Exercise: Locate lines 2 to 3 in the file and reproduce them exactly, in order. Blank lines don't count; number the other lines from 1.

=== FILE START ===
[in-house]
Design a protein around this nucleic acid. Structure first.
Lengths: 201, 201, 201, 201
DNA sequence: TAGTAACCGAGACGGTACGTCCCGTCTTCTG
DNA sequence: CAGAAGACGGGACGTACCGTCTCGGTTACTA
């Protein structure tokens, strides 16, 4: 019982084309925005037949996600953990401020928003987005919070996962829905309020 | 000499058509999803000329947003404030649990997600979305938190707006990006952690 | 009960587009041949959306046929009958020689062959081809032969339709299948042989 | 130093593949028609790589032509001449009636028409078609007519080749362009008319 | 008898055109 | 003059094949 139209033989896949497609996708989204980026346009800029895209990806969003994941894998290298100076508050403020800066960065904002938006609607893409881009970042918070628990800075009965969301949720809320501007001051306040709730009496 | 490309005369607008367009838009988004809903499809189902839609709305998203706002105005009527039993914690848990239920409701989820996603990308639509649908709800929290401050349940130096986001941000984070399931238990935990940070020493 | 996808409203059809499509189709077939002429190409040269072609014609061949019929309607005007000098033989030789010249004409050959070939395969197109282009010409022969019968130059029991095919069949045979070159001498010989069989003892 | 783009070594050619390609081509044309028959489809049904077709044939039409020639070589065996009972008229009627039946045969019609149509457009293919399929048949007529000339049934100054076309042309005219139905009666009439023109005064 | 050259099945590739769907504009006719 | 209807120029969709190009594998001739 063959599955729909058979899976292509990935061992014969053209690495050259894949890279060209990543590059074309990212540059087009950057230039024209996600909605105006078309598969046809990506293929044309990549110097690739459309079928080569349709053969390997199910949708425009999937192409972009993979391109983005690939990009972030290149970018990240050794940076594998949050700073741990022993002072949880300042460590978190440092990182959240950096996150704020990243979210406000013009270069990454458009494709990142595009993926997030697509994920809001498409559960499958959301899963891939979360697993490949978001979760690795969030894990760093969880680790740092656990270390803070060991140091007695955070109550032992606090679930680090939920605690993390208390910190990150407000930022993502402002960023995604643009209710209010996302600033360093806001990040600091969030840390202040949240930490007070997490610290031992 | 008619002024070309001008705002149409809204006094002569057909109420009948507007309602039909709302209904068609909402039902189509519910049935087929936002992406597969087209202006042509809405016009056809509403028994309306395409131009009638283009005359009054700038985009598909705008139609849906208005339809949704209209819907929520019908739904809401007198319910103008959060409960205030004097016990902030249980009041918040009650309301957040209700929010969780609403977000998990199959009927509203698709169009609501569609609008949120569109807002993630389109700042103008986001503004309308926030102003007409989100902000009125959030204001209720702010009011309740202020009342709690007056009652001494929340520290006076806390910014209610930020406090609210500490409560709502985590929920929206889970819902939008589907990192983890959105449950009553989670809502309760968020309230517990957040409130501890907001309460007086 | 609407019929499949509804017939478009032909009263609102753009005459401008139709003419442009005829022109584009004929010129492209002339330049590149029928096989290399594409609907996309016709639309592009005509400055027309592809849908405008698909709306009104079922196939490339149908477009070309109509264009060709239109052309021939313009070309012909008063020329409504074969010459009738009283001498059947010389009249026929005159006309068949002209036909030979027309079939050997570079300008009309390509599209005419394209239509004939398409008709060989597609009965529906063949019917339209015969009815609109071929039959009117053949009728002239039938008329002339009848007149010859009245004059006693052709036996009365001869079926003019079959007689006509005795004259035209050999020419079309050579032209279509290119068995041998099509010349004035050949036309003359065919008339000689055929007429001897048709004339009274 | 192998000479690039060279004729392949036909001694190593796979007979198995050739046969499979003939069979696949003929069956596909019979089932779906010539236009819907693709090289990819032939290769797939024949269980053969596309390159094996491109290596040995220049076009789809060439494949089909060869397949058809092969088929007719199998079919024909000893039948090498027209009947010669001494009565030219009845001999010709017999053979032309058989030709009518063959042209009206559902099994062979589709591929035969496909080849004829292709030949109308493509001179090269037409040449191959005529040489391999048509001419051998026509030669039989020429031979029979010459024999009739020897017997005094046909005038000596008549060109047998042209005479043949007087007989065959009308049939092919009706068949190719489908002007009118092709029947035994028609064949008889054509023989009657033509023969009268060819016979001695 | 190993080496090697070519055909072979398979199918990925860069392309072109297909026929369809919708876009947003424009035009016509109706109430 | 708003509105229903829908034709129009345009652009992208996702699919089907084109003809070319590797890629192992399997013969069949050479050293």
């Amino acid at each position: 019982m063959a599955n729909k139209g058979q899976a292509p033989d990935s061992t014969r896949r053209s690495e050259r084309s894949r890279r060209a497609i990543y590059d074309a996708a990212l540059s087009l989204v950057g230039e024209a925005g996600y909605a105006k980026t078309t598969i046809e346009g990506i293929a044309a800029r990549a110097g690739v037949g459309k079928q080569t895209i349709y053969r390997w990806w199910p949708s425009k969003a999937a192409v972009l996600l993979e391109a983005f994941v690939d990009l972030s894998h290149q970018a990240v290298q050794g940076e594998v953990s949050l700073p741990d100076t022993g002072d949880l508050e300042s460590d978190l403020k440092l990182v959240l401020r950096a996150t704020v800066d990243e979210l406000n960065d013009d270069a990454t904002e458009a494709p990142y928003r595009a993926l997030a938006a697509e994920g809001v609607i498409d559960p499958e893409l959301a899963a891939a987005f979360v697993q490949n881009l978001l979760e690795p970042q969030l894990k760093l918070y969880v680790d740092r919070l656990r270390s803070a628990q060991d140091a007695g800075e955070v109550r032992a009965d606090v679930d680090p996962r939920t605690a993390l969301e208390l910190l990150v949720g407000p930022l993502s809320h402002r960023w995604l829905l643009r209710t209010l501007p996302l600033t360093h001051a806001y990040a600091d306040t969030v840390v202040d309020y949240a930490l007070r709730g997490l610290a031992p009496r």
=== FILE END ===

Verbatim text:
Design a protein around this nucleic acid. Structure first.
Lengths: 201, 201, 201, 201